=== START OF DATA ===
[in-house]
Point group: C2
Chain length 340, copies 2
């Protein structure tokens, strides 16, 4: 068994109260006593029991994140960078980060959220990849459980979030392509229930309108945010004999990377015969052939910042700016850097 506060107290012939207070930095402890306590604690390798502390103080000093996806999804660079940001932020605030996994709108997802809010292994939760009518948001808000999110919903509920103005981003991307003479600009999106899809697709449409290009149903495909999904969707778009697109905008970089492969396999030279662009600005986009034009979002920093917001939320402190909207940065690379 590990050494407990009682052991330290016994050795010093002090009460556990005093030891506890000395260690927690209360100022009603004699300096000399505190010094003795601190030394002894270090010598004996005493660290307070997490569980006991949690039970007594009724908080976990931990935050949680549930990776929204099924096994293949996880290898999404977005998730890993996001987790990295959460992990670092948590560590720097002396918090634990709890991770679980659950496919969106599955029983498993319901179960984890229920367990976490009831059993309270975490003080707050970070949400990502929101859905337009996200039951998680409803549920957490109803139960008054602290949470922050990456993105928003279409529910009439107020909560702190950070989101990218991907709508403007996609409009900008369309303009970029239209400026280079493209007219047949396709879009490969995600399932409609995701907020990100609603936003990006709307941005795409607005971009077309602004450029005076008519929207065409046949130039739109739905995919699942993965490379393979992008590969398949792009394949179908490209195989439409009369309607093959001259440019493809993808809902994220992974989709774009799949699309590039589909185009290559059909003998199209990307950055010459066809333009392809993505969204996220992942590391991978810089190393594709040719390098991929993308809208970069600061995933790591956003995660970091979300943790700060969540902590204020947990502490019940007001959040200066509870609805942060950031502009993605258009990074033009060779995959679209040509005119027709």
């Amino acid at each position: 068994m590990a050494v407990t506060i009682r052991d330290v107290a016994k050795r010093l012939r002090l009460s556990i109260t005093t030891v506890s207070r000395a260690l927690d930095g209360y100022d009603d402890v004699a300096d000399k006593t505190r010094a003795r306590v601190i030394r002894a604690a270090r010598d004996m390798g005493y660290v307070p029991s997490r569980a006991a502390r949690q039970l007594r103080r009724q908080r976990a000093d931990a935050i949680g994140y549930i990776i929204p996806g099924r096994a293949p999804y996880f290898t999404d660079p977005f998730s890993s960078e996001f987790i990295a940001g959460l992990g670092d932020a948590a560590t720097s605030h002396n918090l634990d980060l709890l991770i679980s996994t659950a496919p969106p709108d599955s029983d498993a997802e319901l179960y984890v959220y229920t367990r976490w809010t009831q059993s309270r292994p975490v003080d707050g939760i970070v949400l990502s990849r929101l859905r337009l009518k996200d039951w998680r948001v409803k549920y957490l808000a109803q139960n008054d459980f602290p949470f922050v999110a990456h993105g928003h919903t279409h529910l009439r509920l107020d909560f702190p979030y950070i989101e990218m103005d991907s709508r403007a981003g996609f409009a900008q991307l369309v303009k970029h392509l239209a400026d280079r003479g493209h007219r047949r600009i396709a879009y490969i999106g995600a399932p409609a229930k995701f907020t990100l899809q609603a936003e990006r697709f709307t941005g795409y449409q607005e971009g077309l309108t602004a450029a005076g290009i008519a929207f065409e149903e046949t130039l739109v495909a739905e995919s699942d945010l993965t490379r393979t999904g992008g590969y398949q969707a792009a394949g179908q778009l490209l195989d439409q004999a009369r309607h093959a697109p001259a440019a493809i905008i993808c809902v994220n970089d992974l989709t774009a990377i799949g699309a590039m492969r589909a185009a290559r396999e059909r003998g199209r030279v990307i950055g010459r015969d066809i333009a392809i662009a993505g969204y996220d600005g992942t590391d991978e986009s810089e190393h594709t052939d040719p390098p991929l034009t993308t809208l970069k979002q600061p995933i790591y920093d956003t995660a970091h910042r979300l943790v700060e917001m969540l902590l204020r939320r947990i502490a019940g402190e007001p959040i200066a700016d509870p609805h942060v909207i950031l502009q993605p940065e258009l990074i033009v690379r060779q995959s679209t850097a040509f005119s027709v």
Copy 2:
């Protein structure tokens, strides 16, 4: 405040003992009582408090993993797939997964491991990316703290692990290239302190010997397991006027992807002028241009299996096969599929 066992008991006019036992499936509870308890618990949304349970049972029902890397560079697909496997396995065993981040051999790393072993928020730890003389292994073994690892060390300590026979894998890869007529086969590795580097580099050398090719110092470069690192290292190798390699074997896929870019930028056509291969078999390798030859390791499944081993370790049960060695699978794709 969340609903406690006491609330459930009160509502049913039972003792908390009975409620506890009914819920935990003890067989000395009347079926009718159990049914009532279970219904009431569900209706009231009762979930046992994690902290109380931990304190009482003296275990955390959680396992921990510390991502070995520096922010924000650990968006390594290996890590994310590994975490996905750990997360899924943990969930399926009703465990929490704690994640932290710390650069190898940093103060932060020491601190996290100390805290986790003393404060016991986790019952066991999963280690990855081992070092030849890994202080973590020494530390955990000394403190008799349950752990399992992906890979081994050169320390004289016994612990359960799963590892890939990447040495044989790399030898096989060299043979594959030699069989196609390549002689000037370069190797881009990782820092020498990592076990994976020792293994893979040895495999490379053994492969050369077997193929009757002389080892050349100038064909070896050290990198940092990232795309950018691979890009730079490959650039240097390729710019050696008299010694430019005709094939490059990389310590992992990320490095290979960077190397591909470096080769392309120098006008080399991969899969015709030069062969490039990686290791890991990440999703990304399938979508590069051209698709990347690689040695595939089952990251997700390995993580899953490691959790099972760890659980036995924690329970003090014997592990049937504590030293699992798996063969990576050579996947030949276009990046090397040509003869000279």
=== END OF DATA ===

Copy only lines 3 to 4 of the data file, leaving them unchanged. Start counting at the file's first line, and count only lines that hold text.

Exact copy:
Chain length 340, copies 2
């Protein structure tokens, strides 16, 4: 068994109260006593029991994140960078980060959220990849459980979030392509229930309108945010004999990377015969052939910042700016850097 506060107290012939207070930095402890306590604690390798502390103080000093996806999804660079940001932020605030996994709108997802809010292994939760009518948001808000999110919903509920103005981003991307003479600009999106899809697709449409290009149903495909999904969707778009697109905008970089492969396999030279662009600005986009034009979002920093917001939320402190909207940065690379 590990050494407990009682052991330290016994050795010093002090009460556990005093030891506890000395260690927690209360100022009603004699300096000399505190010094003795601190030394002894270090010598004996005493660290307070997490569980006991949690039970007594009724908080976990931990935050949680549930990776929204099924096994293949996880290898999404977005998730890993996001987790990295959460992990670092948590560590720097002396918090634990709890991770679980659950496919969106599955029983498993319901179960984890229920367990976490009831059993309270975490003080707050970070949400990502929101859905337009996200039951998680409803549920957490109803139960008054602290949470922050990456993105928003279409529910009439107020909560702190950070989101990218991907709508403007996609409009900008369309303009970029239209400026280079493209007219047949396709879009490969995600399932409609995701907020990100609603936003990006709307941005795409607005971009077309602004450029005076008519929207065409046949130039739109739905995919699942993965490379393979992008590969398949792009394949179908490209195989439409009369309607093959001259440019493809993808809902994220992974989709774009799949699309590039589909185009290559059909003998199209990307950055010459066809333009392809993505969204996220992942590391991978810089190393594709040719390098991929993308809208970069600061995933790591956003995660970091979300943790700060969540902590204020947990502490019940007001959040200066509870609805942060950031502009993605258009990074033009060779995959679209040509005119027709």